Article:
Portugal will be looking to book their spot in the knockout round of the European Championship with one match to spare when they take on Germany in Munich on Saturday evening.
Fernando Santos’s side opened their Euro 2020 campaign with a 3-0 win over Hungary, but Germany have work to do in Group F, having suffered a 1-0 loss to tournament favourites France.
Portugal were actually level with Hungary approaching the final stages of Monday’s contest in Budapest, and it did appear that it would be a frustrating start to the section for the reigning champions.
However, Raphael Guerreiro made the breakthrough in the 84th minute of the contest before Cristiano Ronaldo came up with a late double – one of which was from the penalty spot – to make it a three-goal success for Portugal and ensure that he would become the all-time leading goalscorer in European Championship history.
Santos’s side will head into Saturday’s clash knowing that a win would book their spot in the last-16 stage of the competition, while they would confirm a position in the top two if they triumph and Hungary do not overcome France in Group F’s other contest on the same night.
A Selecao have a strong overall record in this competition, reaching the semi-finals in 1984, 2000 and 2012, while they were present in the final eight of Euro 1996 and Euro 2008. Portugal were also runners-up on home soil at Euro 2004 and are, of course, the holders, having beaten France 1-0 in the final of Euro 2016.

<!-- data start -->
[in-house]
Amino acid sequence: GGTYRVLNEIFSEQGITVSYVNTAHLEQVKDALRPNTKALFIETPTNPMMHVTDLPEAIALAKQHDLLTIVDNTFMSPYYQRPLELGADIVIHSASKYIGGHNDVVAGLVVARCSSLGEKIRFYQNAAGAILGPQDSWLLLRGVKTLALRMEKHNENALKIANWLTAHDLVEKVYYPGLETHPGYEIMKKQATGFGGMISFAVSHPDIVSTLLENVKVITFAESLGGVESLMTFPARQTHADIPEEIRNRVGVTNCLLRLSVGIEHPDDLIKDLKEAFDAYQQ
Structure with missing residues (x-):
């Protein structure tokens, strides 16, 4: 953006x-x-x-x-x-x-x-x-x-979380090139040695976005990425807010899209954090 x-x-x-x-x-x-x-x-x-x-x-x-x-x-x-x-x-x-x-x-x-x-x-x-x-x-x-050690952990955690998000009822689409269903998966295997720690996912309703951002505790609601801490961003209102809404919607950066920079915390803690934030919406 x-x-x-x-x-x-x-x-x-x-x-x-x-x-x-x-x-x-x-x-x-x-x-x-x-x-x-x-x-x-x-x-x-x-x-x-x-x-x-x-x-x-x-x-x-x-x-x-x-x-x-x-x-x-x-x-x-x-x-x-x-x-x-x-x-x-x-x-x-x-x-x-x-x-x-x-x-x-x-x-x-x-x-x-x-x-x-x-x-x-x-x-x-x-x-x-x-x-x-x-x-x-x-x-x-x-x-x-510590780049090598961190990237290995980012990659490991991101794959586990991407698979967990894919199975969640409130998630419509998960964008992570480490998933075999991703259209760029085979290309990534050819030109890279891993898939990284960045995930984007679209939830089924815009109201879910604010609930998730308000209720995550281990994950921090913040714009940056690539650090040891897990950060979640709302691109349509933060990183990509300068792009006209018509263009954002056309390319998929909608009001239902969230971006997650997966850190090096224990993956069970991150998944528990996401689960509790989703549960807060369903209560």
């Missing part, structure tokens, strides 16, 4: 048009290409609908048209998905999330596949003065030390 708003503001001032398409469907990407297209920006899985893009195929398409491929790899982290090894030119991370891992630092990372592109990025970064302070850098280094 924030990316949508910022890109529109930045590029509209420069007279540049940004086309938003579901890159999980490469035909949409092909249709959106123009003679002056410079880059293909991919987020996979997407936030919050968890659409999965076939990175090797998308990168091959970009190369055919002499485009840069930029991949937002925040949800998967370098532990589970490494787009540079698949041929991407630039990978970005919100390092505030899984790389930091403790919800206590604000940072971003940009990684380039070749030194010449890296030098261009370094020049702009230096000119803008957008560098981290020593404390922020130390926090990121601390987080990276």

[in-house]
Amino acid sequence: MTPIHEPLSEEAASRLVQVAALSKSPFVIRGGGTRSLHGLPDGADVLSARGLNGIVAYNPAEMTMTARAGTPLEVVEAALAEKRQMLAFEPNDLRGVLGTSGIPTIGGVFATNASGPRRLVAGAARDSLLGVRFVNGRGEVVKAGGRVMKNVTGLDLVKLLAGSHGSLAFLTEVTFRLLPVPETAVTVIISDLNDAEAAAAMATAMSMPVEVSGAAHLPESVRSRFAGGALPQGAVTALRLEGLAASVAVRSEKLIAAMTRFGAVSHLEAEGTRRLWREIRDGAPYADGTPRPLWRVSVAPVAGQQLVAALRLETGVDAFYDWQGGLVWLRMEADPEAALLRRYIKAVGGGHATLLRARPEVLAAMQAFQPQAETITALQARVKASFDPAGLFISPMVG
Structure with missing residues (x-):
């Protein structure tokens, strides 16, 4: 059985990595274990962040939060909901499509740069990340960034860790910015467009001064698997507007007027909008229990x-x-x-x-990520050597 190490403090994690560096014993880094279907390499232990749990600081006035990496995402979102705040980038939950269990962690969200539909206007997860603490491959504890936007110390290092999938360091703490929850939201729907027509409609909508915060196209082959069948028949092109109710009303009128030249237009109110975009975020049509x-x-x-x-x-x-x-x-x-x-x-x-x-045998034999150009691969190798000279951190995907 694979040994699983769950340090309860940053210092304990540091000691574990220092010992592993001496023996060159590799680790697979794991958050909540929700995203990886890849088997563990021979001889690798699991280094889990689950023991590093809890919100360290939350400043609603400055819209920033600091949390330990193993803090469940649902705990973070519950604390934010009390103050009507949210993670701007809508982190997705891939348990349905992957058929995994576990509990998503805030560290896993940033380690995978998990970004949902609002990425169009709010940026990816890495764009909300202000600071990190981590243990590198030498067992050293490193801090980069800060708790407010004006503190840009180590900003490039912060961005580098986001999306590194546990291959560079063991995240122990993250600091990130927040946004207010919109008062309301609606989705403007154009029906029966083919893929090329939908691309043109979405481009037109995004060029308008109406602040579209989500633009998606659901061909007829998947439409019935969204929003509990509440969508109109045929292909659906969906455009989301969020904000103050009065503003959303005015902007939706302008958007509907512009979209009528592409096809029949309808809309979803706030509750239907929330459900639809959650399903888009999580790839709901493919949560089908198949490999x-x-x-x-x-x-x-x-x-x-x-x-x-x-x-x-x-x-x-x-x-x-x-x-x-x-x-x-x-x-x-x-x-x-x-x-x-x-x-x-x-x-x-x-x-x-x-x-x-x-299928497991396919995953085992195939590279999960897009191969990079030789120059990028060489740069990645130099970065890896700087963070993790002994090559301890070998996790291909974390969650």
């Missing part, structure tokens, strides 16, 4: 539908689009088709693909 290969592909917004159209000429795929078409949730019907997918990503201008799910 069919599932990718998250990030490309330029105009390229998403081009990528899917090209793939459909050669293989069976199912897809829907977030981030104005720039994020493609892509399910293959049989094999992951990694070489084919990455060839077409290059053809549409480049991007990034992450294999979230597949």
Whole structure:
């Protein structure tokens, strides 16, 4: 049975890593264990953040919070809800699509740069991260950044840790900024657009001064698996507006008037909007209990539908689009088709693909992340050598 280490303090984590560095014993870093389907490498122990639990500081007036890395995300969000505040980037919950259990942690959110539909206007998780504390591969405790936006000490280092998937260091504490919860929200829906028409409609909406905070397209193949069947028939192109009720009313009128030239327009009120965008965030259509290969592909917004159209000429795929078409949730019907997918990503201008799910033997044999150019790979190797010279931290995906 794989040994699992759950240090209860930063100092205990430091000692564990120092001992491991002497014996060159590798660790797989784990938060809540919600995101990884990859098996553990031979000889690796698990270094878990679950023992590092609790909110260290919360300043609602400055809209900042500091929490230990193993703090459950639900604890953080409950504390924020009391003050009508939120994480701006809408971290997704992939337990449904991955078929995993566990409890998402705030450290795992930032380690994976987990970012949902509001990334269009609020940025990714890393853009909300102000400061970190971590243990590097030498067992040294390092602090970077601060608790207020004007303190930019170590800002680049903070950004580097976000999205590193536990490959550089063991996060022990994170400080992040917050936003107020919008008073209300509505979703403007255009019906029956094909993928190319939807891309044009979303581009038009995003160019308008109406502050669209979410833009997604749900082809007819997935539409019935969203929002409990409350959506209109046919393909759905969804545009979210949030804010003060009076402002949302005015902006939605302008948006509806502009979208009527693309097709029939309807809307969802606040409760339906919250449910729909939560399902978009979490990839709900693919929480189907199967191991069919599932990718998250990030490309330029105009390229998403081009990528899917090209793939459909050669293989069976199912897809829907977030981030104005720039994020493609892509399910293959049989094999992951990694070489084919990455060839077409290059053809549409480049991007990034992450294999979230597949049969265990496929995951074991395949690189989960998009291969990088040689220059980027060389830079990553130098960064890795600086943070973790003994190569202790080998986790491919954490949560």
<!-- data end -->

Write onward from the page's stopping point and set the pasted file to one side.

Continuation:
Santos’s team are now on a seven-game unbeaten run in all competitions, but they have lost each of their last four international fixtures with Germany, including a 4-0 defeat when the two teams last locked horns at the 2014 World Cup.
Germany, meanwhile, will enter this key contest off the back of a 1-0 defeat to France on Tuesday, with an own goal from Mats Hummels deciding the contest in Munich.
In truth, it was a disappointing performance from Joachim Low’s side, who struggled to create opportunities, and it will be fascinating to see whether there are any changes for this clash with Portugal.
Die Mannschaft will be unable to finish in the top two positions if they lose this match and Hungary do not beat France, but third, which could potentially bring a spot in the round of 16, would still be open.
Germany will be desperate to bounce back on Saturday, though, as they bid to qualify for the knockout round of the European Championship for the fourth time in succession. Having won the tournament in 1996, the Germans then failed to make it out of the group stage in 2000 and 2004.
DFB-Elf finished as runners-up at Euro 2008 before making the semi-finals in 2012 and 2016, though, and it would not be a surprise to see them advance deep into this competition despite their issues against France.
Portugal European Championship form:
Portugal form (all competitions):
Germany European Championship form:
Germany form (all competitions):